Following Kansas State’s loss to Tulane on September 17, coach Chris Kliman and offensive coordinator Collin Klein faced transfer guard Adrian Martinez.

Their message: Let it rip.

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“I don’t think it was a matter of trust,” Kleiman told Sportzshala. “We played very well defensively in the beginning and he didn’t want to put the defense in a difficult position. It was his ability to get used to what we do on offense and play fast, and if he’s wrong, he’s wrong. mistake, but do it aggressively.”

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After playing at Tulane, Martinez became the quarterback Kansas State hoped he could play after a productive but tumultuous four seasons in Nebraska. He has 350 passing yards, 319 rushing yards, and nine touchdowns (seven rushes, two passes) in wins over Oklahoma and Texas Tech to move Kansas State to 20th in the AP Poll.

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Martinez is one of many college football transfer defenders who have influenced the first half of the 2022 season. He’s also part of a smaller but notable group of older players – adults, if you will – who found new programs later in their careers, hoping to end on a strong note.

“The 40+ games he played showed that,” Kliman said. “He made us make so many good calls, did a great job of checking at the line of scrimmage. It helped us by getting into the pace without getting bogged down when Adrian is comfortable. He sees it and he’s one step ahead of the people and gives us a really good call. This is a sign that someone is very mature who has played football a lot.”

Transfers once again define the college football season, and not just as a quarterback. Sportzshala spoke to coaches from every Power 5 league about the 25 standout transfers that have changed teams this offseason – from opposing teams and some from their own team. The list does not include all significant transfers, but I have tried to identify those who have caught the attention of managers, including a strong group of quarterbacks and some players who go unnoticed.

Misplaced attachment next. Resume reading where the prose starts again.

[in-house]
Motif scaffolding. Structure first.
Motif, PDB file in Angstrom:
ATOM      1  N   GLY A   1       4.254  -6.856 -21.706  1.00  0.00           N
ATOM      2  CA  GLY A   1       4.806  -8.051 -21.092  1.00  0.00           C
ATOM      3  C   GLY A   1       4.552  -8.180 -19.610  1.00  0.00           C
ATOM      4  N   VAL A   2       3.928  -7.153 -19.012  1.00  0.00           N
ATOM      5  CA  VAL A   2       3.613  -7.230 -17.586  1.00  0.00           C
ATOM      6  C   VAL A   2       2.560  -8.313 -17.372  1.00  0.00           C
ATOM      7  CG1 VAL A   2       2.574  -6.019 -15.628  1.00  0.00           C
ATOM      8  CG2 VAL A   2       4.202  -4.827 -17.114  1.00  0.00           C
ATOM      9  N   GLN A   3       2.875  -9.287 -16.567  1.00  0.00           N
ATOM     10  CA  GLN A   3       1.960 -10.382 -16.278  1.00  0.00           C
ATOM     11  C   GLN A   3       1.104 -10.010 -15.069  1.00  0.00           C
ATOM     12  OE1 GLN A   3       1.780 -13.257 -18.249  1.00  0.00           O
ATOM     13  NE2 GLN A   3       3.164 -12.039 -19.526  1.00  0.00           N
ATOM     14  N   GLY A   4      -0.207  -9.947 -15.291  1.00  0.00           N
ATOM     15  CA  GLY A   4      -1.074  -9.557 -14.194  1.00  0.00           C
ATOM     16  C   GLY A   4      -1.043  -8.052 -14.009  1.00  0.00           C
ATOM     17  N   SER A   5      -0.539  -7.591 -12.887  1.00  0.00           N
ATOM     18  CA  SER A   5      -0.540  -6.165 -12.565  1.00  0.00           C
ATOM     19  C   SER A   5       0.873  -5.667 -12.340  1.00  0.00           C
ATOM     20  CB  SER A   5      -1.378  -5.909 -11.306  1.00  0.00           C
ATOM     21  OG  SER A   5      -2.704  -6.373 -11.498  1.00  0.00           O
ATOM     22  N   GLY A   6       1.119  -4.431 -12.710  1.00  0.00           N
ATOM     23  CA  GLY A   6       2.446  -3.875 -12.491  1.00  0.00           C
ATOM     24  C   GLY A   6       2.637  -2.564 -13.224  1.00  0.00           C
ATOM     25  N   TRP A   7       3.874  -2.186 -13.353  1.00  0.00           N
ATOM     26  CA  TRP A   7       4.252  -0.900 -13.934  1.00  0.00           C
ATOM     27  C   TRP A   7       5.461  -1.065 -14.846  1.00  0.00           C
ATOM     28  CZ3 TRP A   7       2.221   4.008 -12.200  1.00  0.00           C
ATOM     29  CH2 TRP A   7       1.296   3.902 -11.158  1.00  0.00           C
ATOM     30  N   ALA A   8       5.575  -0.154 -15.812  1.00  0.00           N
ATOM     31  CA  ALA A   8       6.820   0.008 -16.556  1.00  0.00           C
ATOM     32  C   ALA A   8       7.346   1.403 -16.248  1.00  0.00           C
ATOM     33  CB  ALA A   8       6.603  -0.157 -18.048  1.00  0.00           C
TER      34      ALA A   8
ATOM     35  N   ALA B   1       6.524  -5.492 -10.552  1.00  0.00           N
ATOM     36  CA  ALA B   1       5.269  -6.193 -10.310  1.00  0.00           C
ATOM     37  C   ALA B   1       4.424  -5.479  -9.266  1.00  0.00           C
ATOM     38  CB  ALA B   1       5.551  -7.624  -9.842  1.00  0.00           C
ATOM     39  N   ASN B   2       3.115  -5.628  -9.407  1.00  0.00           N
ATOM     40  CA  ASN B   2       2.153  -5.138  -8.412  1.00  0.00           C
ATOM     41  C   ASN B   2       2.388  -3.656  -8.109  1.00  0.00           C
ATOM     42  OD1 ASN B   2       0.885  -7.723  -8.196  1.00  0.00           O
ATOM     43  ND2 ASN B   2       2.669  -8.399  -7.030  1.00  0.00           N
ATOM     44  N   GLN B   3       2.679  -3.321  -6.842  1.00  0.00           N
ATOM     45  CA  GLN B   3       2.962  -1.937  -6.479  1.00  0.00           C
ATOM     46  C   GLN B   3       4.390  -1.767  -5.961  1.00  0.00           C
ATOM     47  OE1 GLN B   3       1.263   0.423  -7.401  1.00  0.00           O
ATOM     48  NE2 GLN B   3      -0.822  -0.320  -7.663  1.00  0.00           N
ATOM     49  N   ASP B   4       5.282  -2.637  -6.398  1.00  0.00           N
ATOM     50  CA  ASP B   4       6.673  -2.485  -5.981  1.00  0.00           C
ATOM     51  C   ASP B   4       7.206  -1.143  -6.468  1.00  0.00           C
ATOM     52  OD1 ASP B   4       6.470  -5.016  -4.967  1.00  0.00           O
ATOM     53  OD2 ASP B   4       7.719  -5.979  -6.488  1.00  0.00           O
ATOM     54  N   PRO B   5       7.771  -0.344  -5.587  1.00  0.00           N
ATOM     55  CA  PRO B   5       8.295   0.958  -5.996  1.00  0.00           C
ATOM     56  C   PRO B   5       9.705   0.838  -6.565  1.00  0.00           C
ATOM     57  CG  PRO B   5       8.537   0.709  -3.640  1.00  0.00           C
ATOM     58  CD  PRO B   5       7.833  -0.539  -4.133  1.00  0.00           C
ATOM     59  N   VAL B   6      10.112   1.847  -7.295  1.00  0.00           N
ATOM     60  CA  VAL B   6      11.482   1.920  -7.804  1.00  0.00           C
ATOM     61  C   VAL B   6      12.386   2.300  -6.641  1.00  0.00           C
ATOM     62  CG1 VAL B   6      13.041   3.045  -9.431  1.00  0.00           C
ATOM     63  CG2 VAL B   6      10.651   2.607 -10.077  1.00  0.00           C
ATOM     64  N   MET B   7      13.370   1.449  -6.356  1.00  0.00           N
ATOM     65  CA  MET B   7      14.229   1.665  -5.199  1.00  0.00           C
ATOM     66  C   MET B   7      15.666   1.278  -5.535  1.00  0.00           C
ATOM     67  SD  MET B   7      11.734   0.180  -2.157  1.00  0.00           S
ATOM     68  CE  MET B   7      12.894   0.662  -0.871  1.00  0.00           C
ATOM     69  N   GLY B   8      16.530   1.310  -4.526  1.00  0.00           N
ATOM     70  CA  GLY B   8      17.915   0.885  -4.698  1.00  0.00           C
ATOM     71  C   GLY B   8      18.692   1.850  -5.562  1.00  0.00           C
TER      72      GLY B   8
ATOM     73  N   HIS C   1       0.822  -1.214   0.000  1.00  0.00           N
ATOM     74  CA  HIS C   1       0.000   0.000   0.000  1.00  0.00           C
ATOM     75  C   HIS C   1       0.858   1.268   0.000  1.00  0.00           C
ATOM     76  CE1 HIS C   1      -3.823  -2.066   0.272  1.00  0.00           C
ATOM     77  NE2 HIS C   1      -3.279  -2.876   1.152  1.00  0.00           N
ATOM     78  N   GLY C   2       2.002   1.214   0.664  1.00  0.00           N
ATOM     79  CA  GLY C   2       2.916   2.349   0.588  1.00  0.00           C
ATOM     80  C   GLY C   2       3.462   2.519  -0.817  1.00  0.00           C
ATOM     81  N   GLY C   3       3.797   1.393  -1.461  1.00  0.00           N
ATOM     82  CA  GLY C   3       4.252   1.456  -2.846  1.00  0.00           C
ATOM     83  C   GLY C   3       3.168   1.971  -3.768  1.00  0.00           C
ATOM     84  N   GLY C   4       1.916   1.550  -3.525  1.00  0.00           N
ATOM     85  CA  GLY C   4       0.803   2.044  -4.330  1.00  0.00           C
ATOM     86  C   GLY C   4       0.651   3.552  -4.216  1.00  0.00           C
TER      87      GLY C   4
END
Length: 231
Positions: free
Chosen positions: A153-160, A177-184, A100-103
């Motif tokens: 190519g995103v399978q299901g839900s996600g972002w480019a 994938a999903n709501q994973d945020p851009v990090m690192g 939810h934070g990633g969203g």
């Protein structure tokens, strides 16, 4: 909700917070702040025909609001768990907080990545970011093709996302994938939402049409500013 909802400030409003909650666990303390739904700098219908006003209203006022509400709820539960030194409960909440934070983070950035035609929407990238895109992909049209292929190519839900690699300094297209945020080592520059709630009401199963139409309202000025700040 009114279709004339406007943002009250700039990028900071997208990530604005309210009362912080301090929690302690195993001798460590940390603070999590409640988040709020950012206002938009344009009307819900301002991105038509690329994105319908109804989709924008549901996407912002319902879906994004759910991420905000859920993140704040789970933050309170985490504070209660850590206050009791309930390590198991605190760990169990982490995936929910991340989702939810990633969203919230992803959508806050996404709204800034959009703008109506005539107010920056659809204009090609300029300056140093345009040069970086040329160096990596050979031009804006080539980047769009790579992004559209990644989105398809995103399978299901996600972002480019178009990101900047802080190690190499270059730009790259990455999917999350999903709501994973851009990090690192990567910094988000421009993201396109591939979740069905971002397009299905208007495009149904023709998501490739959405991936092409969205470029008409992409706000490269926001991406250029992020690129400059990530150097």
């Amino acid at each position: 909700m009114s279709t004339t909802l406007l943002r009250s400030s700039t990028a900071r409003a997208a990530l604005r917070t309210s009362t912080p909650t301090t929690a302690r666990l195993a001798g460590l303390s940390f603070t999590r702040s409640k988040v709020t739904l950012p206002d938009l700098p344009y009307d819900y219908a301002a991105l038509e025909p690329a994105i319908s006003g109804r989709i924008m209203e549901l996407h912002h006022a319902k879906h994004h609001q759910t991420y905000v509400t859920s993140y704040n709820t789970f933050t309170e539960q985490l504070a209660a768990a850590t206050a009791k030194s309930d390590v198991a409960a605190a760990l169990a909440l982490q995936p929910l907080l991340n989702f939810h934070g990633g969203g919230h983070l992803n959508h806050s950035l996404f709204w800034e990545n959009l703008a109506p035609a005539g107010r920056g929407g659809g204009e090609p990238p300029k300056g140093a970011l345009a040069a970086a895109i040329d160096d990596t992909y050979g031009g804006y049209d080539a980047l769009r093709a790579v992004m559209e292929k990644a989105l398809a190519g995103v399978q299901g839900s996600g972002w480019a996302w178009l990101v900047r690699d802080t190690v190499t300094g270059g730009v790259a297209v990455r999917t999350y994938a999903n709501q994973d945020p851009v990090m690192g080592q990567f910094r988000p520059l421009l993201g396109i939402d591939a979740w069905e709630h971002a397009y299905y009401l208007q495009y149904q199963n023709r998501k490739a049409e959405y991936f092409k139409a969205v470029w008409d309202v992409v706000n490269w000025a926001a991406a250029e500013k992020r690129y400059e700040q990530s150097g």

Jump on:
Quarterbacks | running spins | Wide receivers | offensive line
line of defense | Midfielders | Average


PROTECTION

JT Daniels, West Virginia

Previous command: Georgia

2022 numbers: 1,209 passing yards, 8 touchdowns, 2 interceptions, 63.7% completion rate, 71.5 QBR

Accident: West Virginia 2-3, but Daniels performed well after arriving from Georgia. His reunion with offensive coordinator Graham Harrell—they briefly worked together at the University of Southern California before Daniels suffered a torn ACL—benefited both. After making a so-so debut against Pitt in the Backyard Brawl, Daniels completed 65.5% of his passes with six touchdowns and one interception in WVU’s last four games.

What they say: “We thought he was a good player, throwing a very, very good deep ball,” said the opposing coach. “JT Daniels could have been an NFL quarterback. Obviously he needs to stay healthy. He could have played in Georgia or the NFL if he’d stayed healthy.”